Dear Parishioners,
I was in Montréal for a few days and learned how much its history is deeply rooted in Catholicism. It was once a center of Catholicism in North America with its numerous seminaries and churches, including the Notre Dame Basilica, the Cathédrale Marie-Reine-du-Monde, and Saint Joseph’s Oratory. As soon as I set foot on the streets of Montréal, I quickly noticed that most of its streets are named after saints.

I visited some stunning Catholic architecture and churches that grace the city. The majestic churches are symbols of faith, history, and the dedication of generations who built them as places of worship. Yet, as I gazed upon those grand structures, I couldn’t help but feel a sense of sadness and concern for the emptiness surrounding them.

Those magnificent churches, with their intricate designs, towering spires, and sacred art, were once bustling centers of spiritual life and communal gathering. They echoed with hymns of praise, reverberated with prayers of supplication, and witnessed the sacramental moments that shaped the lives of countless people. The walls once resounded with the voices of devoted congregations coming together in worship and unity.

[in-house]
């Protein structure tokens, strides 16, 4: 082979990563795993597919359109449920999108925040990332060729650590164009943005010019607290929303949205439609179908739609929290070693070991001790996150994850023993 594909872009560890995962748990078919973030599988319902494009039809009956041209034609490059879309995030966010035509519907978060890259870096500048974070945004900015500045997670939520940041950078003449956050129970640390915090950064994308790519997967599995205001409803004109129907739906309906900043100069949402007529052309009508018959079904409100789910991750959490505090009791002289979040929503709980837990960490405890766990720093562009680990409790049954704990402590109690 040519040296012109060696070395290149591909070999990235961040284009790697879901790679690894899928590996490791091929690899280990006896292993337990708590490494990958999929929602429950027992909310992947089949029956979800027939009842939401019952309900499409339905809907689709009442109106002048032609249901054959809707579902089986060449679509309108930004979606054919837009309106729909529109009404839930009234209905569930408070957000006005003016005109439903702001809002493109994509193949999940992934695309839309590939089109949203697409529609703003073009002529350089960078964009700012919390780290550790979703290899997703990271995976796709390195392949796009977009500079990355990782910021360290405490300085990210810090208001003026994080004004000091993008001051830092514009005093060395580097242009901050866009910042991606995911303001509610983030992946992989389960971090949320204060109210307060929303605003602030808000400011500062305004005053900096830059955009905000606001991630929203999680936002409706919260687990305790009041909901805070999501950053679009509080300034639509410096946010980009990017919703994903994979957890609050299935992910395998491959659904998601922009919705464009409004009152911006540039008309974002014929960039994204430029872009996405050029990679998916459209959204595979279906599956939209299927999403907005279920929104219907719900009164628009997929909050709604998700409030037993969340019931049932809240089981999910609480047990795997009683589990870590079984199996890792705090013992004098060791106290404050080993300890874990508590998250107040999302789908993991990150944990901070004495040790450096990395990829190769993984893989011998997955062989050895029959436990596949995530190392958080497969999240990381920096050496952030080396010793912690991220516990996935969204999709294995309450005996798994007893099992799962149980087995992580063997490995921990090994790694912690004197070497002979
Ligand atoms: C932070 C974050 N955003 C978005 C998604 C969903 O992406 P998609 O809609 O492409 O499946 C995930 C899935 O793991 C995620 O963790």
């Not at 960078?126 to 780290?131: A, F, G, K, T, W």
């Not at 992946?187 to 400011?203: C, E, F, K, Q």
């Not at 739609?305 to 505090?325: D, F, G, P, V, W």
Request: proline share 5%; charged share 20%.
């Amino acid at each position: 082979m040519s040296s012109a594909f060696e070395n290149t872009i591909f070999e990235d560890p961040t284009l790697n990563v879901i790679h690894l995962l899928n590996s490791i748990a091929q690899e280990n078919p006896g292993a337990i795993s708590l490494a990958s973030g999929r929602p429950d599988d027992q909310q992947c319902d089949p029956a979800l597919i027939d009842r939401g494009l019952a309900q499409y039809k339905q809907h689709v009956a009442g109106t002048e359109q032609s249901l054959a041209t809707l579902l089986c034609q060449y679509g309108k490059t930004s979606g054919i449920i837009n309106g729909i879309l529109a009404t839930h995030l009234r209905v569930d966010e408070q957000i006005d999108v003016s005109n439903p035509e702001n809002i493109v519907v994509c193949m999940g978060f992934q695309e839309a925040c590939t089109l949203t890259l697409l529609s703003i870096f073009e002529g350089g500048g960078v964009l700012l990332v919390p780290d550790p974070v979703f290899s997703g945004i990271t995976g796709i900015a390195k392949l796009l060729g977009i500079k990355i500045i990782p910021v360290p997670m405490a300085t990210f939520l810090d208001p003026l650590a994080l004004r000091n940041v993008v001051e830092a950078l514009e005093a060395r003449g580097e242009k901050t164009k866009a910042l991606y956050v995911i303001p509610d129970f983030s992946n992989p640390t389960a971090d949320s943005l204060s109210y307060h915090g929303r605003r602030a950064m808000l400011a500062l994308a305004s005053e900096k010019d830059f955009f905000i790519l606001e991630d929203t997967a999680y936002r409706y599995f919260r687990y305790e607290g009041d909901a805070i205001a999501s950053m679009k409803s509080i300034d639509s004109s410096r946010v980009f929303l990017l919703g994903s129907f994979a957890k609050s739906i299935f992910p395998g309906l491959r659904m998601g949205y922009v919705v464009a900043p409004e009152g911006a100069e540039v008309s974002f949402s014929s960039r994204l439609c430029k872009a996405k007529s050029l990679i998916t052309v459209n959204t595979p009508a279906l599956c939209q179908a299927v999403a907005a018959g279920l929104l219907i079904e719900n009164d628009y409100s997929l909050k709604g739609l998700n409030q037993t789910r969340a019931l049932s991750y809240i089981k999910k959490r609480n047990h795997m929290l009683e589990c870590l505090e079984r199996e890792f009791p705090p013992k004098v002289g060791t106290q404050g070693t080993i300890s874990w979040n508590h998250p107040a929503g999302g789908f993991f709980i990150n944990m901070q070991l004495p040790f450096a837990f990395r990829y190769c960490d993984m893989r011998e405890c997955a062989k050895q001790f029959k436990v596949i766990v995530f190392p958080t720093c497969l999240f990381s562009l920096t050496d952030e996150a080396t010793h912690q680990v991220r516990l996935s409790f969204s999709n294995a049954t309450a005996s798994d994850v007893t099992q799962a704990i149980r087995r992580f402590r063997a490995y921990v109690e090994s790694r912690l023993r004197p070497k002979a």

However, the tides of secularization have washed over Montréal, leaving these once-vibrant places of worship nearly deserted. I passed by a beautiful church that is no longer a place of worship but is now an apartment complex. The declining attendance and the dwindling faith community point to a broader shift in society’s values and priorities. In a world increasingly driven by material pursuits, technology, and individualism, the spiritual aspect of life is often neglected altogether.

Perhaps, in the rush of modern life, people have lost touch with the profound spiritual yearning within each of us. The distractions of the world may have drowned out the still, small voice that calls us to seek deeper meaning and purpose beyond our immediate concerns.

In this challenging context, the Catholic Church needs to respond with compassion, understanding, and renewed evangelization efforts. Rather than lamenting the decline, there is an opportunity to reach out to those who have drifted away and offer them the love and hope found in the teachings of Christ. Remaining steadfast in the Gospel values, we, as church, are called to provide relevant guidance and support for the spiritual journey of all

We are also called to examine our own faith and commitment to God. The emptiness of these once-thriving churches serves as a reminder to nurture our own spiritual lives and engage actively in our faith communities. Our responsibility is to keep the flame of faith alive and become beacons of light in an increasingly secular world.

The emptiness of our sacred spaces reminds us of the challenges faced in passing on the faith to future generations. In the bulletin next weekend, I will offer some suggestions on how we can reach out and share the joy of the Catholic faith, inviting everyone to know, love, and serve Jesus.

I can’t believe that we are halfway through August. I hope and pray that your summer has been relaxing. Wherever you are, remember to attend Sunday Mass and thank God for all His blessings! Enjoy!

Take care and au revoir!
Father Nico

To read the complete bulletin click here